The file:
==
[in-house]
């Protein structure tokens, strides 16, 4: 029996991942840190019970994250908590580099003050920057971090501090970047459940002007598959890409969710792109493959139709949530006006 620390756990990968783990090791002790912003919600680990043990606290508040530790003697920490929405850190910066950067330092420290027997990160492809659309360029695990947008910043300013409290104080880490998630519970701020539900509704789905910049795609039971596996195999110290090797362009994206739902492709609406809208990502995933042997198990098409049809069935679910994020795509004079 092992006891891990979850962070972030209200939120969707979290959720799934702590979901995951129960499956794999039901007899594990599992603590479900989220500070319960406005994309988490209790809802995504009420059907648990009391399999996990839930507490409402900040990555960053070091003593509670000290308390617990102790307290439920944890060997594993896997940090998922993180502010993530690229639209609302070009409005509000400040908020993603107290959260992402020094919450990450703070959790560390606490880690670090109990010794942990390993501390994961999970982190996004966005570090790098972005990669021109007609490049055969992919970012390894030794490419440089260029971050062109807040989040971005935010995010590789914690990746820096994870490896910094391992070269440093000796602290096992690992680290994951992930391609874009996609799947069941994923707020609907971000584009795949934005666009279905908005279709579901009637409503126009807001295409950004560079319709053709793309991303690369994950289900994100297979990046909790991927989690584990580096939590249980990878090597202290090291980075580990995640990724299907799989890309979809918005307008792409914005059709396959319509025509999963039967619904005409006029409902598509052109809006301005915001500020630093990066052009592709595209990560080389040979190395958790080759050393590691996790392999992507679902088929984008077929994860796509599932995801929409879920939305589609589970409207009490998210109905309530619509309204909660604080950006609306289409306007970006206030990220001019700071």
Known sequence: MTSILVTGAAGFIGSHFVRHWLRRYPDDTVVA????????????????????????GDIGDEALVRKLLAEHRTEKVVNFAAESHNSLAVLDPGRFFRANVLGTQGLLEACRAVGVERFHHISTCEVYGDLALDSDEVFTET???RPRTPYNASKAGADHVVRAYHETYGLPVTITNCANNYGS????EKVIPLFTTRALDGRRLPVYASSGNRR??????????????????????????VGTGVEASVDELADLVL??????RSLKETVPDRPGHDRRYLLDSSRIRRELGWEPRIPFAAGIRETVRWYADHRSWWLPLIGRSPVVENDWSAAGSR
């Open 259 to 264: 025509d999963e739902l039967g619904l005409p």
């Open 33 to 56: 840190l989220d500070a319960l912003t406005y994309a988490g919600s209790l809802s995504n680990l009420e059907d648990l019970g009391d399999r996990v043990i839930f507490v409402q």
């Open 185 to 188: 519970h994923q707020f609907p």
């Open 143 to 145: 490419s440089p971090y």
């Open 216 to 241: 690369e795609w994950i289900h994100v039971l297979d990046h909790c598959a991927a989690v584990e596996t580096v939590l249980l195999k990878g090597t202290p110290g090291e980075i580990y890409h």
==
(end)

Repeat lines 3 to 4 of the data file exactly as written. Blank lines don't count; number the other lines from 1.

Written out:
Known sequence: MTSILVTGAAGFIGSHFVRHWLRRYPDDTVVA????????????????????????GDIGDEALVRKLLAEHRTEKVVNFAAESHNSLAVLDPGRFFRANVLGTQGLLEACRAVGVERFHHISTCEVYGDLALDSDEVFTET???RPRTPYNASKAGADHVVRAYHETYGLPVTITNCANNYGS????EKVIPLFTTRALDGRRLPVYASSGNRR??????????????????????????VGTGVEASVDELADLVL??????RSLKETVPDRPGHDRRYLLDSSRIRRELGWEPRIPFAAGIRETVRWYADHRSWWLPLIGRSPVVENDWSAAGSR
């Open 259 to 264: 025509d999963e739902l039967g619904l005409p």